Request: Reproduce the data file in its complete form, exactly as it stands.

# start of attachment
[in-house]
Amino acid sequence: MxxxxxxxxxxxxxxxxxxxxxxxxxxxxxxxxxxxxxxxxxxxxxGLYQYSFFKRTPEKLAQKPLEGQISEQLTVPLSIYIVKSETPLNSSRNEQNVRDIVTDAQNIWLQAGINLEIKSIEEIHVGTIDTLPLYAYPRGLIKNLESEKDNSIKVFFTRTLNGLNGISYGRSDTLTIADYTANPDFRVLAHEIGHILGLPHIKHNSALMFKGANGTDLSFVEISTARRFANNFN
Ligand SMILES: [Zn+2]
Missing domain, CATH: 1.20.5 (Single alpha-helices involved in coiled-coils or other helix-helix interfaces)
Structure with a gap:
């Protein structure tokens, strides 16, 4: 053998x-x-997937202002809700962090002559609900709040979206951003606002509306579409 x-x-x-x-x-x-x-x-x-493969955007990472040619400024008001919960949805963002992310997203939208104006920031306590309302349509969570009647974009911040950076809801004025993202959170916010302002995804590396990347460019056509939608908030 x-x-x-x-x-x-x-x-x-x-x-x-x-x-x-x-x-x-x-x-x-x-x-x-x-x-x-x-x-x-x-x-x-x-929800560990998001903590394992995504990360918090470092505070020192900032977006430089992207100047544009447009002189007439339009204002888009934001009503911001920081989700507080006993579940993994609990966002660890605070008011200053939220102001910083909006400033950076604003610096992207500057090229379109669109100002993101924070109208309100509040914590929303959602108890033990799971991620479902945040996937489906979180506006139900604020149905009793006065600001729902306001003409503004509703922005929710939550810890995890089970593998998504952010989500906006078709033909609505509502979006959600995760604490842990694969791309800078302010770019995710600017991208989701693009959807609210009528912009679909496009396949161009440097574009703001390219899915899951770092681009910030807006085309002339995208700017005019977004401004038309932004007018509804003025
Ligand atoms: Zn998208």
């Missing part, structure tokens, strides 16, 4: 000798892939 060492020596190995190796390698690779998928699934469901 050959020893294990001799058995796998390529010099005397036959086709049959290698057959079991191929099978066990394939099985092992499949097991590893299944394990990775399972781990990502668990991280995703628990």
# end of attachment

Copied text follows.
[in-house]
Amino acid sequence: MxxxxxxxxxxxxxxxxxxxxxxxxxxxxxxxxxxxxxxxxxxxxxGLYQYSFFKRTPEKLAQKPLEGQISEQLTVPLSIYIVKSETPLNSSRNEQNVRDIVTDAQNIWLQAGINLEIKSIEEIHVGTIDTLPLYAYPRGLIKNLESEKDNSIKVFFTRTLNGLNGISYGRSDTLTIADYTANPDFRVLAHEIGHILGLPHIKHNSALMFKGANGTDLSFVEISTARRFANNFN
Ligand SMILES: [Zn+2]
Missing domain, CATH: 1.20.5 (Single alpha-helices involved in coiled-coils or other helix-helix interfaces)
Structure with a gap:
């Protein structure tokens, strides 16, 4: 053998x-x-997937202002809700962090002559609900709040979206951003606002509306579409 x-x-x-x-x-x-x-x-x-493969955007990472040619400024008001919960949805963002992310997203939208104006920031306590309302349509969570009647974009911040950076809801004025993202959170916010302002995804590396990347460019056509939608908030 x-x-x-x-x-x-x-x-x-x-x-x-x-x-x-x-x-x-x-x-x-x-x-x-x-x-x-x-x-x-x-x-x-x-929800560990998001903590394992995504990360918090470092505070020192900032977006430089992207100047544009447009002189007439339009204002888009934001009503911001920081989700507080006993579940993994609990966002660890605070008011200053939220102001910083909006400033950076604003610096992207500057090229379109669109100002993101924070109208309100509040914590929303959602108890033990799971991620479902945040996937489906979180506006139900604020149905009793006065600001729902306001003409503004509703922005929710939550810890995890089970593998998504952010989500906006078709033909609505509502979006959600995760604490842990694969791309800078302010770019995710600017991208989701693009959807609210009528912009679909496009396949161009440097574009703001390219899915899951770092681009910030807006085309002339995208700017005019977004401004038309932004007018509804003025
Ligand atoms: Zn998208």
């Missing part, structure tokens, strides 16, 4: 000798892939 060492020596190995190796390698690779998928699934469901 050959020893294990001799058995796998390529010099005397036959086709049959290698057959079991191929099978066990394939099985092992499949097991590893299944394990990775399972781990990502668990991280995703628990």